No one entity determines the price of gas, and it is instead largely determined by the price of crude oil, according to Business Insider. Other factors that influence the price of gas include federal and state taxes, refining costs, supply and demand, politics, and distribution and marketing costs.
Whether from OPEC or non-OPEC nations, the suppliers of crude oil are a major factor in the price of crude oil, according to the U.S. Energy Information Administration. OPEC provides 40 percent of international crude oil, and the organization tightly controls the production of oil in these countries. Due to their large market share, OPEC's decisions affect the price of crude oil. For example, when OPEC reduces the production of crude oil, gas prices typically increase globally.
Non-OPEC countries do not belong to an organization, and the price of oil accordingly depends on the country of origin or on the national, international or investor-owned oil company that controls the oil production, as the U.S. Energy information Administration explains. Whereas OPEC tends to influence prices, crude oil produced from non-OPEC sources fluctuates with the market, which is influenced by factors such as supply and demand.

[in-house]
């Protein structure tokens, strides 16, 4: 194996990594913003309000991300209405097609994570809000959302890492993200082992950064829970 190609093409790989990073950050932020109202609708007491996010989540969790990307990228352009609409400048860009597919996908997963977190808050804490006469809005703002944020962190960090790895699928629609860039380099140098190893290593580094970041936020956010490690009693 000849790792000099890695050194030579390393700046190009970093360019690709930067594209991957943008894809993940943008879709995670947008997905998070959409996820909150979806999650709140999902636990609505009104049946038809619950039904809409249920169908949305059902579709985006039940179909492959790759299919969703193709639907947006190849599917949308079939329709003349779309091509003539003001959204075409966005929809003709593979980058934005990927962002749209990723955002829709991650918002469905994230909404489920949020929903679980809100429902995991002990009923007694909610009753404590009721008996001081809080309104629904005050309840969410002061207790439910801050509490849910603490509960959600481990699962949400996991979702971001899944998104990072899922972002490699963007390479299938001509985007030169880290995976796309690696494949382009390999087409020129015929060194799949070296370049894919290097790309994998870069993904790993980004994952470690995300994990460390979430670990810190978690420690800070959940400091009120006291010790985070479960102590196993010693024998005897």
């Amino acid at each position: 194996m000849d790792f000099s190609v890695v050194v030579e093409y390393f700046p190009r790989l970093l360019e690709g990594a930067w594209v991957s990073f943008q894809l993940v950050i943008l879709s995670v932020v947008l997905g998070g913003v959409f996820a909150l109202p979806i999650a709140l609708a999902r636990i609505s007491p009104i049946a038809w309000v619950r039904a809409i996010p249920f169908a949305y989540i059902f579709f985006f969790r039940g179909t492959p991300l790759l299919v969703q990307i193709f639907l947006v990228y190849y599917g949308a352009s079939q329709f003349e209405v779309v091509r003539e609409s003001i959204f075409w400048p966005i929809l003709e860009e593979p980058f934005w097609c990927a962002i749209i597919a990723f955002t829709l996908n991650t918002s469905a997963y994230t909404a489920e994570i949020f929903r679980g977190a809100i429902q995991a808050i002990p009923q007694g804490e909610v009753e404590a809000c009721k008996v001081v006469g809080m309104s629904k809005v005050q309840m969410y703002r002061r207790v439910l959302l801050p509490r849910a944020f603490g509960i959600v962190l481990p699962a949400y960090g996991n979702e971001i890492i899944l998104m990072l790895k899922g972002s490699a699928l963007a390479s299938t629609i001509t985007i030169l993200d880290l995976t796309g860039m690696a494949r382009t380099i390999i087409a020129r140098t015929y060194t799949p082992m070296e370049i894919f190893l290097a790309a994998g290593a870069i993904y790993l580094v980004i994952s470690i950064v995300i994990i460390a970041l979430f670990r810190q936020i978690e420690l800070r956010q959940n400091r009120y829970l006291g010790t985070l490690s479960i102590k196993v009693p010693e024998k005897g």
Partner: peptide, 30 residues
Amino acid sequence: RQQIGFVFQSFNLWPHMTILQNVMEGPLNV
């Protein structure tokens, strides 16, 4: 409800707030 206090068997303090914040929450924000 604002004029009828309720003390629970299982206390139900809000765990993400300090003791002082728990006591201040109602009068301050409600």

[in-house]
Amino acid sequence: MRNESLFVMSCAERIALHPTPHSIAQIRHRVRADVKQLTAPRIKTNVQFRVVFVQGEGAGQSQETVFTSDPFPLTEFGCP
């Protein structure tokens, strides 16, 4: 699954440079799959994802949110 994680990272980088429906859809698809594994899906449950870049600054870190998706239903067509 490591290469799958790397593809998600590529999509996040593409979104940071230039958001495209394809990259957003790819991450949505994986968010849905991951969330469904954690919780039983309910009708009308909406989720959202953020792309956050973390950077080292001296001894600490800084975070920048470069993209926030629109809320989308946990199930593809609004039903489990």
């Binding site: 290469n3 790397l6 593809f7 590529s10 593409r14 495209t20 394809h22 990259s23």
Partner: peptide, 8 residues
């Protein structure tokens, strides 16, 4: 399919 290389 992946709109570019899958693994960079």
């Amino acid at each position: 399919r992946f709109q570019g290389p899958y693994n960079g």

Federal and state taxes are the second biggest factor that affects the price of gas after the cost of crude oil, and it is followed by profits and the cost of refining crude oil, according to Investopedia. The price of gasoline is also heavily influenced by supply, how much each country or organization is producing, and demand, which increases and shifts to different parts of the world as the number of people world wide who depend on gas increases.